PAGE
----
Former National Radio Astronomy Observatory (NRAO) Librarian Ellen Bouton (ebouton (at) nrao.edu), aided and abetted by longtime NRAO radio astronomer Ken Kellermann and others, has established a great website, as well as an important and growing archive at NRAO headquarters in Charlottesville, Virginia, USA. The archive contains the papers of Ronald N. Bracewell, John W. Findlay, David S. Heeschen, John D. Kraus, Grote Reber, and A. Richard Thompson, as well as those of NRAO itself (founded in the mid 1950s). In addition, the website contains:

    1. Complete scans of the notes for two of the earliest academic courses in radio astronomy: A 1950-51 course given by Henk van de Hulst (Leiden Observatory) and a 1958 course by Kevin Westfold (while visiting Caltech).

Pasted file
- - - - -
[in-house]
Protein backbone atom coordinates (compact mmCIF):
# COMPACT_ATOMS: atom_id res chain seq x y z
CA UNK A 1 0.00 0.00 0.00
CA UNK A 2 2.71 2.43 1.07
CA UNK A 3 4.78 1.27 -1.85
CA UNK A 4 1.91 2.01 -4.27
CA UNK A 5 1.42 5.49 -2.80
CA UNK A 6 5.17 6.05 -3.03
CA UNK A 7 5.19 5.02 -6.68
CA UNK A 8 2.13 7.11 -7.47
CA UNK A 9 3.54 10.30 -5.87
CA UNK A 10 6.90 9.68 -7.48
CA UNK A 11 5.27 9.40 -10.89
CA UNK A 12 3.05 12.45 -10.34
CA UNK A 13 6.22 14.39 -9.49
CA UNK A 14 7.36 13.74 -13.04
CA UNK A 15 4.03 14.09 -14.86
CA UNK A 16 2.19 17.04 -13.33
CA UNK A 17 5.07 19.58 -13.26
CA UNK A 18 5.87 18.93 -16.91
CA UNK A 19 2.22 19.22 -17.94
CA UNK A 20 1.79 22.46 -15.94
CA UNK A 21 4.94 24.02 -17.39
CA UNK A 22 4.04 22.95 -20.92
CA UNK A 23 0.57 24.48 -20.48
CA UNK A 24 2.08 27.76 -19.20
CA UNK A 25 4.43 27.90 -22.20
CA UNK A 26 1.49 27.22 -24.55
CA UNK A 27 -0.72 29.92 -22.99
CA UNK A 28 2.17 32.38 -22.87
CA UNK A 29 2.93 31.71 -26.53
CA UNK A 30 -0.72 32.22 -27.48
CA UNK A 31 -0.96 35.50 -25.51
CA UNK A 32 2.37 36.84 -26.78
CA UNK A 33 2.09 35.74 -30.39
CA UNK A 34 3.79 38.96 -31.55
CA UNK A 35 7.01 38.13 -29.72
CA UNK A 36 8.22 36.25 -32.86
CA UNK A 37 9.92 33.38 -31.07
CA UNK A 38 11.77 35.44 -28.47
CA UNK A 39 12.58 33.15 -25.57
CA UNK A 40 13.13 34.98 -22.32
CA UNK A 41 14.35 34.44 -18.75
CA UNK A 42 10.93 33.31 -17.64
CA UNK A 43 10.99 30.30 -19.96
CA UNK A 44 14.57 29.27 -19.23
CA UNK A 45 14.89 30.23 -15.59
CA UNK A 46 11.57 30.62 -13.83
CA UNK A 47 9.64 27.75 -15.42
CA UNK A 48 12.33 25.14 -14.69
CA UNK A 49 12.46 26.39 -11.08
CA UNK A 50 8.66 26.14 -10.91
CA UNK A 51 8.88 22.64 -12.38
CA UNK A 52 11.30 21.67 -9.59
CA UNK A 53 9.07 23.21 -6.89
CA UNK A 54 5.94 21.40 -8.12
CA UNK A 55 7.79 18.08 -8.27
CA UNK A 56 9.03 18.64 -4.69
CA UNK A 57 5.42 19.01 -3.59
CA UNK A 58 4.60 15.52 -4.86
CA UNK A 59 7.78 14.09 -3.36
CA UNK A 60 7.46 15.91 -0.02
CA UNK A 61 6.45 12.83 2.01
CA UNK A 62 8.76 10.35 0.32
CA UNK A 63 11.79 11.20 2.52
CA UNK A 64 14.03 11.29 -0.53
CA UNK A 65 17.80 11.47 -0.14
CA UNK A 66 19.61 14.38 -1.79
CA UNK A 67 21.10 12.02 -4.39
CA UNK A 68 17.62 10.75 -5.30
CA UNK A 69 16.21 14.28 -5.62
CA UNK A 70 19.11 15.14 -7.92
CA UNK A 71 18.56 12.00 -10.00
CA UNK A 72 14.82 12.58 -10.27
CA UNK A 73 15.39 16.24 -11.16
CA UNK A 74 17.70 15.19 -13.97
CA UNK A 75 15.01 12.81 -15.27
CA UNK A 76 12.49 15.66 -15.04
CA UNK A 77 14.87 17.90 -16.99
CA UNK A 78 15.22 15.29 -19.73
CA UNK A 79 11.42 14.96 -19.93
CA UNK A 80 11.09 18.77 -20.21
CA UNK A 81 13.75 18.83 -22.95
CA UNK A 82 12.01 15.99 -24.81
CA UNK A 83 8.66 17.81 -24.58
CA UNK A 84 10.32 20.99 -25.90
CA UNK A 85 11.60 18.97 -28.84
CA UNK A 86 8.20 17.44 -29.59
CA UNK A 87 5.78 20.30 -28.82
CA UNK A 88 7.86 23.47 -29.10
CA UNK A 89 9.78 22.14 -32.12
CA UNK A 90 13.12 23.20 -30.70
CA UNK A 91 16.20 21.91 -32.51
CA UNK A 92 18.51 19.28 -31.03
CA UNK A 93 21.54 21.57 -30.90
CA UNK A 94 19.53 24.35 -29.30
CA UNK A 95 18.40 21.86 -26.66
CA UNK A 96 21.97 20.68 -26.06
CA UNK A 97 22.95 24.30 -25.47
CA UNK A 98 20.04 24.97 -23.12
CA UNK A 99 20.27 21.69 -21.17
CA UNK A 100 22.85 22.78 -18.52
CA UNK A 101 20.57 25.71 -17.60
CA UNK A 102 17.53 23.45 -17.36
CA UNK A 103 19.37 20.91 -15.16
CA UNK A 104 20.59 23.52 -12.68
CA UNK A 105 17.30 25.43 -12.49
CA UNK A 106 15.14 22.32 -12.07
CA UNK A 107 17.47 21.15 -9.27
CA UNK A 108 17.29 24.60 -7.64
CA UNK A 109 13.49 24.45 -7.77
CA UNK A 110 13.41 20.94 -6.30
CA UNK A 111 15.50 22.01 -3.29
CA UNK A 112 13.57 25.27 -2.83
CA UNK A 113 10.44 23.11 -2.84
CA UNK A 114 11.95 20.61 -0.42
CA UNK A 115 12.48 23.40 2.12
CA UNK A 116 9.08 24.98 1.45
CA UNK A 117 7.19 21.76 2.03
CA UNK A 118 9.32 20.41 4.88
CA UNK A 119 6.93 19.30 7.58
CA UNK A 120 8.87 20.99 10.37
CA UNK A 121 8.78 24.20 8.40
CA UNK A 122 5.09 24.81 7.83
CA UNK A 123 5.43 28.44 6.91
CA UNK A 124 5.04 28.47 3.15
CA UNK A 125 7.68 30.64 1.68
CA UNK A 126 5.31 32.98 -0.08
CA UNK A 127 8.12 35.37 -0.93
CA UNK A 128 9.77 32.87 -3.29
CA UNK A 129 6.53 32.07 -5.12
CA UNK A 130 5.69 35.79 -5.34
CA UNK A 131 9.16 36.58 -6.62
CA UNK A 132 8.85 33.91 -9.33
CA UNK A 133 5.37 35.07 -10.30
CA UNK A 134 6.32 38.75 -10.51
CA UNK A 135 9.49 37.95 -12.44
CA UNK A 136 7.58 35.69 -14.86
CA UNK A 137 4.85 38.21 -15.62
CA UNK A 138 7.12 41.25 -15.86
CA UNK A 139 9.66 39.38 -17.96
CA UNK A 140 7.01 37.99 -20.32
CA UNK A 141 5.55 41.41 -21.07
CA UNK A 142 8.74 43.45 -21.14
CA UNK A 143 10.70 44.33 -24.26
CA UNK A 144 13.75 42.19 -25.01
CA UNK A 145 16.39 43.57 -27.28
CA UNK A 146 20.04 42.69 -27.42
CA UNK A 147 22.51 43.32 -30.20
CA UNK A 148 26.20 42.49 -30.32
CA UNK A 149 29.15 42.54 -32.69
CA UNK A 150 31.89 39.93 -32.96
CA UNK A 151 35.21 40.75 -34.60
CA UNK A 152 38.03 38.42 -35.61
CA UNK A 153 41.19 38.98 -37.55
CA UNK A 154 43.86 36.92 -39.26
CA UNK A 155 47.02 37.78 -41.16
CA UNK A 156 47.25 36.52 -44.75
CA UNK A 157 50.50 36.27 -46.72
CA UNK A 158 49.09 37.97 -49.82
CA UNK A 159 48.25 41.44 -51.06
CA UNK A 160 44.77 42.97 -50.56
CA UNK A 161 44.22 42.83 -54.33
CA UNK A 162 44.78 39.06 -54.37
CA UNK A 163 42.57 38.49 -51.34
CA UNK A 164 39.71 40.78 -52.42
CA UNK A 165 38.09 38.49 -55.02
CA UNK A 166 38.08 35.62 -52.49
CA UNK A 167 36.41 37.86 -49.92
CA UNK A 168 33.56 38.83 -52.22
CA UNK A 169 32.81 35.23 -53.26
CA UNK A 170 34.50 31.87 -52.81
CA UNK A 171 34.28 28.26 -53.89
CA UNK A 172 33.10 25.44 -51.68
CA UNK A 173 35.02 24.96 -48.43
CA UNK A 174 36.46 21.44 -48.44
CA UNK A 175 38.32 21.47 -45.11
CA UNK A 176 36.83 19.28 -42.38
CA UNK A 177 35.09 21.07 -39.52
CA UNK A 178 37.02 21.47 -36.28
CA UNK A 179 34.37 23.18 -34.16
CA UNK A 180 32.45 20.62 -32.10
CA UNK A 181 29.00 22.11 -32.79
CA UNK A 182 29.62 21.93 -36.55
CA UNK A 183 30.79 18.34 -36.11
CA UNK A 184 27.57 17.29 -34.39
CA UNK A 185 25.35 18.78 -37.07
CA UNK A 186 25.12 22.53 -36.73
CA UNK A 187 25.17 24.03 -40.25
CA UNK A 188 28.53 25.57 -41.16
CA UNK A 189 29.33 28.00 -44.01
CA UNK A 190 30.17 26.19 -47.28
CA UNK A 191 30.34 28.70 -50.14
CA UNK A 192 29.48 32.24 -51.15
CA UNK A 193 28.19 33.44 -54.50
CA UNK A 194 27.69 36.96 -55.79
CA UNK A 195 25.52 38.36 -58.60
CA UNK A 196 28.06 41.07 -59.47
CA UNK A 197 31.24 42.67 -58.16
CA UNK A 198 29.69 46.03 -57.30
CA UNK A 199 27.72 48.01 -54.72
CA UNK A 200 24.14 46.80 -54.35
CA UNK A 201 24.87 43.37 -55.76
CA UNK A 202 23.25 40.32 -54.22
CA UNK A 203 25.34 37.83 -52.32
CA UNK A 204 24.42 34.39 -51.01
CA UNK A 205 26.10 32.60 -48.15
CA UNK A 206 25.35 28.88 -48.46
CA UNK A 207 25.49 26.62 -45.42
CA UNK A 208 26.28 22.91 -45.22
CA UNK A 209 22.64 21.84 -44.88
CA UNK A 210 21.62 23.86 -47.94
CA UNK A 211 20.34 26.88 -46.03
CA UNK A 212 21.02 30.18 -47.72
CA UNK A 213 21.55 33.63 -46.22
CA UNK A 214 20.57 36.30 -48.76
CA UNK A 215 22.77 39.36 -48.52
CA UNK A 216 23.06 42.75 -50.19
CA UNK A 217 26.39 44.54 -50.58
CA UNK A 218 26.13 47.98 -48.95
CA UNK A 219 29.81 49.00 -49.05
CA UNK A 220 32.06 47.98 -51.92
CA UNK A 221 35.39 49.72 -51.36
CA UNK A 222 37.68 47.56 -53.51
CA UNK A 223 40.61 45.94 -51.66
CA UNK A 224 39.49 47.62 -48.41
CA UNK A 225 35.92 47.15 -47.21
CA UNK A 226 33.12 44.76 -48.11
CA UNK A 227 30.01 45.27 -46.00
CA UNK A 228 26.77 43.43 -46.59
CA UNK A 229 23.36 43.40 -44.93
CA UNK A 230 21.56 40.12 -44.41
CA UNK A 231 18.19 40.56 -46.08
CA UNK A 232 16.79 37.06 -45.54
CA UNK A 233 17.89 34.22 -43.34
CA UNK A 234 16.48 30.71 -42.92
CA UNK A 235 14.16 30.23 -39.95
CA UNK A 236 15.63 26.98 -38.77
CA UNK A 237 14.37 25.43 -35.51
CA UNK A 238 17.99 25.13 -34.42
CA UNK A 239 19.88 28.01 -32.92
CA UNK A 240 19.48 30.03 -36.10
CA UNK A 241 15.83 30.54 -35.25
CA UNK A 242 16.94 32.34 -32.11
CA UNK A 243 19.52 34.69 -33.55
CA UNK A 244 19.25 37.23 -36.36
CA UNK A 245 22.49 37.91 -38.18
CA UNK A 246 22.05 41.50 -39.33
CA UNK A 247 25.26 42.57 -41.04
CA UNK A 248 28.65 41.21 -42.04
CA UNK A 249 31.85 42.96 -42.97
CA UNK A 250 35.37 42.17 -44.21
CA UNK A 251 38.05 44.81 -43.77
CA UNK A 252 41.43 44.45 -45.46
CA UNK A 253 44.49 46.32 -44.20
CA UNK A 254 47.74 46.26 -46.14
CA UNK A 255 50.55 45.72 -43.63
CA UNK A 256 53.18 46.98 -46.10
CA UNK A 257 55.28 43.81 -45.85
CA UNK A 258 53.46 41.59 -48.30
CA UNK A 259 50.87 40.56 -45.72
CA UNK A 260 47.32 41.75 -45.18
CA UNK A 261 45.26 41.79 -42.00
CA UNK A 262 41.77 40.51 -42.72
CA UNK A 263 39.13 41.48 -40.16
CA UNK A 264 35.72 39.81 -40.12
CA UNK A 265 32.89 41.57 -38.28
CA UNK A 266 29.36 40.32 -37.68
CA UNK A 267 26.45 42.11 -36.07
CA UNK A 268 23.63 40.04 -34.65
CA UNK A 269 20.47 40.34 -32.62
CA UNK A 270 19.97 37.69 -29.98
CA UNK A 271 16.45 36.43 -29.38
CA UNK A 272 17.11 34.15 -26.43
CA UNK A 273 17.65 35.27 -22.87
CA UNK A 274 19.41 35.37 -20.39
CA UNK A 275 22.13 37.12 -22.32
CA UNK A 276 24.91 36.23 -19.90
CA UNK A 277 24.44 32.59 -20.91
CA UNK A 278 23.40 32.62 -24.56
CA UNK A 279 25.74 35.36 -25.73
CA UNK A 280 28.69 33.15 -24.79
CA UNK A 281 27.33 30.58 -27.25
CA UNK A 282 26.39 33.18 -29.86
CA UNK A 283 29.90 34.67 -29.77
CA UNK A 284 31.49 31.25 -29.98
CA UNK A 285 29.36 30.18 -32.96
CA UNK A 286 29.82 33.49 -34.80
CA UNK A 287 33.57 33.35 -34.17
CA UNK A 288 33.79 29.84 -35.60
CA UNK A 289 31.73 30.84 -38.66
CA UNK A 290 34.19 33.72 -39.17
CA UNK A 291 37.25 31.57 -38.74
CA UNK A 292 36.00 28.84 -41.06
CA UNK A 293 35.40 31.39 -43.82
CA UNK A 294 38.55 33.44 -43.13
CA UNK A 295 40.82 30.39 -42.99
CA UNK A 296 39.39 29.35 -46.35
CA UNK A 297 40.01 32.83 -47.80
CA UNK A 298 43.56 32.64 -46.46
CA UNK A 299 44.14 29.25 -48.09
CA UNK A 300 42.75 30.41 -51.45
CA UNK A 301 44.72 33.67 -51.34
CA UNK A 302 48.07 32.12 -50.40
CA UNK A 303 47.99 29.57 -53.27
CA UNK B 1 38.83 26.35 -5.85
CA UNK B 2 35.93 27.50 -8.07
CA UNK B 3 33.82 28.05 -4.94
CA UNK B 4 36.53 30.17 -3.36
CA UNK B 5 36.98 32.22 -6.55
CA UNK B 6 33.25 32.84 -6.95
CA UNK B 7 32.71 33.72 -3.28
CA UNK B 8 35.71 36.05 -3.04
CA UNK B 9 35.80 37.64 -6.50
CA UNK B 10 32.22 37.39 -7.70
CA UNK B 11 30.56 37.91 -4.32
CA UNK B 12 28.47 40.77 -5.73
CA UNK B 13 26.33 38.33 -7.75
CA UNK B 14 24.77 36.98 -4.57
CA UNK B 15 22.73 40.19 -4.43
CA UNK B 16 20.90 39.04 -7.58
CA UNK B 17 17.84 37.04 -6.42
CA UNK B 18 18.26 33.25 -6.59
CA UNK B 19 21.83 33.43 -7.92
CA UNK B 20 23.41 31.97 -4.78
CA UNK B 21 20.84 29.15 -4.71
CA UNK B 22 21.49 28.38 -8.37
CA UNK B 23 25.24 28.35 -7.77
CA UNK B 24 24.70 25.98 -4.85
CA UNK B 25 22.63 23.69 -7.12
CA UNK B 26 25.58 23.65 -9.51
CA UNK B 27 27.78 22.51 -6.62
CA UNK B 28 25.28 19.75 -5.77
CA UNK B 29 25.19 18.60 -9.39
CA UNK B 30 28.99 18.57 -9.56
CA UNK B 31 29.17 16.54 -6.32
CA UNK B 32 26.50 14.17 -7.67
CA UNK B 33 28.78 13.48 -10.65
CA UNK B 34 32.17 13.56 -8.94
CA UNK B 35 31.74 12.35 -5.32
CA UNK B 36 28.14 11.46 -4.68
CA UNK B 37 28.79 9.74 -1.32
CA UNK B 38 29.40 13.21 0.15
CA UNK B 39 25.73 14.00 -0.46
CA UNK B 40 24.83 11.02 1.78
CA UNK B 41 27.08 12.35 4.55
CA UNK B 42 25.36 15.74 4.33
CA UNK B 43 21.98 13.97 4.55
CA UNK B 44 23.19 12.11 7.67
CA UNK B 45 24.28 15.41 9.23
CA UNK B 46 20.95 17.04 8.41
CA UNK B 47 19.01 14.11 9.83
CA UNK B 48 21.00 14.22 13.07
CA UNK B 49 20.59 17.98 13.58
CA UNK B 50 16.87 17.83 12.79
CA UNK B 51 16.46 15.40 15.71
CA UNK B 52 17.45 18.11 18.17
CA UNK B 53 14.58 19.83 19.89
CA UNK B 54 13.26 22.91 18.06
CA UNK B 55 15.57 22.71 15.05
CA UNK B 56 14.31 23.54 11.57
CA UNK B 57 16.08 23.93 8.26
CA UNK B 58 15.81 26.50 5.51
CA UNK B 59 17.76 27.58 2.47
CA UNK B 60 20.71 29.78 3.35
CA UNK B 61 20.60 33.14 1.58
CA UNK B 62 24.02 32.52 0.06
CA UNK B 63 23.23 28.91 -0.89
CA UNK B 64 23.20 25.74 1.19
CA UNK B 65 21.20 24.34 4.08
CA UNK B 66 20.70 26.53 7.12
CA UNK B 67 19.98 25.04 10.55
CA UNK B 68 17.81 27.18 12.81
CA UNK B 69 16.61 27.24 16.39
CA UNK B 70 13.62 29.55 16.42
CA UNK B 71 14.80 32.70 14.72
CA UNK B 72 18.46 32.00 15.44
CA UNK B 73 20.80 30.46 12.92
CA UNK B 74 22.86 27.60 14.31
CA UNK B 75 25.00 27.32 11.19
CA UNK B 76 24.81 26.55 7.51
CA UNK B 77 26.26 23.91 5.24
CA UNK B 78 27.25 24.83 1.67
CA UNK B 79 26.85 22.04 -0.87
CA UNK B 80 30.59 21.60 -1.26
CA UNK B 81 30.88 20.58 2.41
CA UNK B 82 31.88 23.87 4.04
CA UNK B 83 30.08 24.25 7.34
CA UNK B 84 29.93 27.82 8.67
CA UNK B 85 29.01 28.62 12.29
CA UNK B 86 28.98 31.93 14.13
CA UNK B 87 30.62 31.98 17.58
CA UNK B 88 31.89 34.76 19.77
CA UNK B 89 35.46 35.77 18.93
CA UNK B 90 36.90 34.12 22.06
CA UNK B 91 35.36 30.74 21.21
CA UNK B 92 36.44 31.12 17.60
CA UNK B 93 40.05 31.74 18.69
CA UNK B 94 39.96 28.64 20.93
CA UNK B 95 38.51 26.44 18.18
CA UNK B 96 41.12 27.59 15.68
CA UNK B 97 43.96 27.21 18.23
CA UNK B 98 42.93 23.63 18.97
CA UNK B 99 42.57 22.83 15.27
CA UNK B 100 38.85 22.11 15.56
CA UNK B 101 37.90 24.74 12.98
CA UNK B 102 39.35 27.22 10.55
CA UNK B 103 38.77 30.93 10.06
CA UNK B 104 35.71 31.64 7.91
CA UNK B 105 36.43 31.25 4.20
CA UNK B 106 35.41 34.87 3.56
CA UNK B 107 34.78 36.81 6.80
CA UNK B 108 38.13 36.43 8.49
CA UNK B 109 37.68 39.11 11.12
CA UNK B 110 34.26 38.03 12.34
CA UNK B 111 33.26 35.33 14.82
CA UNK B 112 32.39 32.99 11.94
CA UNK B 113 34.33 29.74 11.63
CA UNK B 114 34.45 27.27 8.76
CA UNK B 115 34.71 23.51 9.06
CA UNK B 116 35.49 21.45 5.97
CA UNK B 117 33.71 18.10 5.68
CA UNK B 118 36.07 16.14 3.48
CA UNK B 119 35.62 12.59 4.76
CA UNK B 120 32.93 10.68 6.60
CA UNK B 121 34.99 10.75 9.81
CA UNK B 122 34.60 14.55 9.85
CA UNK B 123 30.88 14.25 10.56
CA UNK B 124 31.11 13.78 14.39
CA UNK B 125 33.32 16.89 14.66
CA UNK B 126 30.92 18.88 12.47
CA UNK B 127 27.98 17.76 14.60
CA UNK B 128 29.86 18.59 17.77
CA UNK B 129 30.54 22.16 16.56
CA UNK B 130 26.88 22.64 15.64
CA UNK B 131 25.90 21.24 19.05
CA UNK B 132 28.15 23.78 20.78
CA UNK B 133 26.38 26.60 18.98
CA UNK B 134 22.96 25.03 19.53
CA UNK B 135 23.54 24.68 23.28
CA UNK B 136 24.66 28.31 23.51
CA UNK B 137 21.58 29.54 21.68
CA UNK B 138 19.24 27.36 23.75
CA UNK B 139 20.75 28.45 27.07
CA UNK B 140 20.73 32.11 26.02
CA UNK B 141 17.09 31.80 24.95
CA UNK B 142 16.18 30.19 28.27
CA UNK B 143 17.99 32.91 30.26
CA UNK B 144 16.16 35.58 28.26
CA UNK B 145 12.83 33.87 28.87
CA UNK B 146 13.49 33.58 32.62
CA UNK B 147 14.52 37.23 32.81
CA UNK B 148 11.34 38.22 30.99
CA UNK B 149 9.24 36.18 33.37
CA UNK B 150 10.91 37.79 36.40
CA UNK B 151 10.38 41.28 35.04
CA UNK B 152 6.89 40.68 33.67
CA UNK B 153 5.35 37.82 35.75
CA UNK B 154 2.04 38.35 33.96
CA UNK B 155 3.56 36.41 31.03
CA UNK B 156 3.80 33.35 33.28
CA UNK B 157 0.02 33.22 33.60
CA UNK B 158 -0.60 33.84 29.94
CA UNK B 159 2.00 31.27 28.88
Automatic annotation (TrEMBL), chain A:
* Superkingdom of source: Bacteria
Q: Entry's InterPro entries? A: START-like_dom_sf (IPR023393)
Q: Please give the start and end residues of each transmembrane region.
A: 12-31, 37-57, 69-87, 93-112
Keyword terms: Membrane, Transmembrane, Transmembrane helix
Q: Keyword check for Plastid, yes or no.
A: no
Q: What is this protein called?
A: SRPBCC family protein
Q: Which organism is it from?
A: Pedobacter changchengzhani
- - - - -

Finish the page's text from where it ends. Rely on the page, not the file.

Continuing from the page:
2. An illustrated, detailed timeline of NRAO's history.
    3. H. I. ('Doc') Ewen's detailed reminisces entitled "Doc Ewen: The Horn, H I, and other events in US Radio Astronomy" (2005). Illustrated with many photos and diagrams from his collection, the text describes his discovery of the interstellar 21 cm hydrogen line in 1951, early US radio astronomy history, and then Ewen's long career (up until the 1990s) in the electronics industry working on military projects such as a radio sextant for the Polaris nuclear submarines.
    4. "Nan Dieter Conklin: A Life in Science", an autobiography describing her career from the early 1950s on as one of the earliest women in radio astronomy. This is a shorter version of her book Two Paths to Heaven's Gate (2006).